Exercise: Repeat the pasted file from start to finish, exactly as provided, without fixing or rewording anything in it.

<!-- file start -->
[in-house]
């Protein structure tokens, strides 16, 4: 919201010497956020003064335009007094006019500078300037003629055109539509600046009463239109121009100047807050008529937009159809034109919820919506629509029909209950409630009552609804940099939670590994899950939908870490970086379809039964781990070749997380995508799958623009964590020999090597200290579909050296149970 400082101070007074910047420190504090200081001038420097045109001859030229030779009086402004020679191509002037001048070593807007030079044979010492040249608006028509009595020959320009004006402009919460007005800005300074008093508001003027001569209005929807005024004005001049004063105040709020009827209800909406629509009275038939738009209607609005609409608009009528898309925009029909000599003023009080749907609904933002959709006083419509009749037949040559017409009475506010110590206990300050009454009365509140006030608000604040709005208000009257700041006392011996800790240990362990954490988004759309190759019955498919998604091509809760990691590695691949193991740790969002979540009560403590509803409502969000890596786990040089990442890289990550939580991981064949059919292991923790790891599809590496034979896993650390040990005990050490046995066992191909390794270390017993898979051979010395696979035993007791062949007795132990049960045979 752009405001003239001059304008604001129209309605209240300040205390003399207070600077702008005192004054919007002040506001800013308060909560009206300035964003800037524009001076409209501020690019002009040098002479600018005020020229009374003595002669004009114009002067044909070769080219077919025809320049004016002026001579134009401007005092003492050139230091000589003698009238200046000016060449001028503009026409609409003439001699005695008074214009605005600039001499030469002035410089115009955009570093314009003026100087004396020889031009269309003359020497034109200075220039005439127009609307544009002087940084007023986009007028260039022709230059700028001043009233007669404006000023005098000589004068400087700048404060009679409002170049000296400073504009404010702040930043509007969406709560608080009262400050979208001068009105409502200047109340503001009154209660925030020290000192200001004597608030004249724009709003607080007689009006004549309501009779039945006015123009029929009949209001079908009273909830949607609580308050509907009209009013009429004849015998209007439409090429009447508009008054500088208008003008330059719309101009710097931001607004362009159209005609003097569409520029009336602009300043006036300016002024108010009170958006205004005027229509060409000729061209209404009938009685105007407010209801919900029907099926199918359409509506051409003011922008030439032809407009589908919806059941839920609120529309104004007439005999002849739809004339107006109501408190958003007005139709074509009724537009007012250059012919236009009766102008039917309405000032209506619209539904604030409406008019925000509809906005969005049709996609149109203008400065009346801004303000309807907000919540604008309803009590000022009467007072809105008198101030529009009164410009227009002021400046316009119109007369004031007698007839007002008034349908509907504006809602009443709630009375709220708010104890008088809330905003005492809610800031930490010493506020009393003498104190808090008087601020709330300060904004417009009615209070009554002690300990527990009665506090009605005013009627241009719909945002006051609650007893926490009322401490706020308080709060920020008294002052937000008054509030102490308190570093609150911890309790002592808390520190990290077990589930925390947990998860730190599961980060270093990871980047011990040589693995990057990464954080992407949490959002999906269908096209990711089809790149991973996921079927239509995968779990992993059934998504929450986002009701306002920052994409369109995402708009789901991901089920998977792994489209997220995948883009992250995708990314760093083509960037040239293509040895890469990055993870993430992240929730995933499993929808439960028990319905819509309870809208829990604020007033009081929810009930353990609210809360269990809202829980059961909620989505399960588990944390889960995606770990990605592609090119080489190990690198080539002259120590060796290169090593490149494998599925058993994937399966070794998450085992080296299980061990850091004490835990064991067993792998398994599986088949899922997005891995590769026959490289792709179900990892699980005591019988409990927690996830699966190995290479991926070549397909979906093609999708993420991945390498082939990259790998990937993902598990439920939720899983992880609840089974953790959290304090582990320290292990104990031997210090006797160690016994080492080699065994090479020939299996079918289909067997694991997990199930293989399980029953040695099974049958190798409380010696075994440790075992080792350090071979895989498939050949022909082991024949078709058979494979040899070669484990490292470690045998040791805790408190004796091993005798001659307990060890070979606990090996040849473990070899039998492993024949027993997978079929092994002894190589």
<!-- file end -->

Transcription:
[in-house]
């Protein structure tokens, strides 16, 4: 919201010497956020003064335009007094006019500078300037003629055109539509600046009463239109121009100047807050008529937009159809034109919820919506629509029909209950409630009552609804940099939670590994899950939908870490970086379809039964781990070749997380995508799958623009964590020999090597200290579909050296149970 400082101070007074910047420190504090200081001038420097045109001859030229030779009086402004020679191509002037001048070593807007030079044979010492040249608006028509009595020959320009004006402009919460007005800005300074008093508001003027001569209005929807005024004005001049004063105040709020009827209800909406629509009275038939738009209607609005609409608009009528898309925009029909000599003023009080749907609904933002959709006083419509009749037949040559017409009475506010110590206990300050009454009365509140006030608000604040709005208000009257700041006392011996800790240990362990954490988004759309190759019955498919998604091509809760990691590695691949193991740790969002979540009560403590509803409502969000890596786990040089990442890289990550939580991981064949059919292991923790790891599809590496034979896993650390040990005990050490046995066992191909390794270390017993898979051979010395696979035993007791062949007795132990049960045979 752009405001003239001059304008604001129209309605209240300040205390003399207070600077702008005192004054919007002040506001800013308060909560009206300035964003800037524009001076409209501020690019002009040098002479600018005020020229009374003595002669004009114009002067044909070769080219077919025809320049004016002026001579134009401007005092003492050139230091000589003698009238200046000016060449001028503009026409609409003439001699005695008074214009605005600039001499030469002035410089115009955009570093314009003026100087004396020889031009269309003359020497034109200075220039005439127009609307544009002087940084007023986009007028260039022709230059700028001043009233007669404006000023005098000589004068400087700048404060009679409002170049000296400073504009404010702040930043509007969406709560608080009262400050979208001068009105409502200047109340503001009154209660925030020290000192200001004597608030004249724009709003607080007689009006004549309501009779039945006015123009029929009949209001079908009273909830949607609580308050509907009209009013009429004849015998209007439409090429009447508009008054500088208008003008330059719309101009710097931001607004362009159209005609003097569409520029009336602009300043006036300016002024108010009170958006205004005027229509060409000729061209209404009938009685105007407010209801919900029907099926199918359409509506051409003011922008030439032809407009589908919806059941839920609120529309104004007439005999002849739809004339107006109501408190958003007005139709074509009724537009007012250059012919236009009766102008039917309405000032209506619209539904604030409406008019925000509809906005969005049709996609149109203008400065009346801004303000309807907000919540604008309803009590000022009467007072809105008198101030529009009164410009227009002021400046316009119109007369004031007698007839007002008034349908509907504006809602009443709630009375709220708010104890008088809330905003005492809610800031930490010493506020009393003498104190808090008087601020709330300060904004417009009615209070009554002690300990527990009665506090009605005013009627241009719909945002006051609650007893926490009322401490706020308080709060920020008294002052937000008054509030102490308190570093609150911890309790002592808390520190990290077990589930925390947990998860730190599961980060270093990871980047011990040589693995990057990464954080992407949490959002999906269908096209990711089809790149991973996921079927239509995968779990992993059934998504929450986002009701306002920052994409369109995402708009789901991901089920998977792994489209997220995948883009992250995708990314760093083509960037040239293509040895890469990055993870993430992240929730995933499993929808439960028990319905819509309870809208829990604020007033009081929810009930353990609210809360269990809202829980059961909620989505399960588990944390889960995606770990990605592609090119080489190990690198080539002259120590060796290169090593490149494998599925058993994937399966070794998450085992080296299980061990850091004490835990064991067993792998398994599986088949899922997005891995590769026959490289792709179900990892699980005591019988409990927690996830699966190995290479991926070549397909979906093609999708993420991945390498082939990259790998990937993902598990439920939720899983992880609840089974953790959290304090582990320290292990104990031997210090006797160690016994080492080699065994090479020939299996079918289909067997694991997990199930293989399980029953040695099974049958190798409380010696075994440790075992080792350090071979895989498939050949022909082991024949078709058979494979040899070669484990490292470690045998040791805790408190004796091993005798001659307990060890070979606990090996040849473990070899039998492993024949027993997978079929092994002894190589």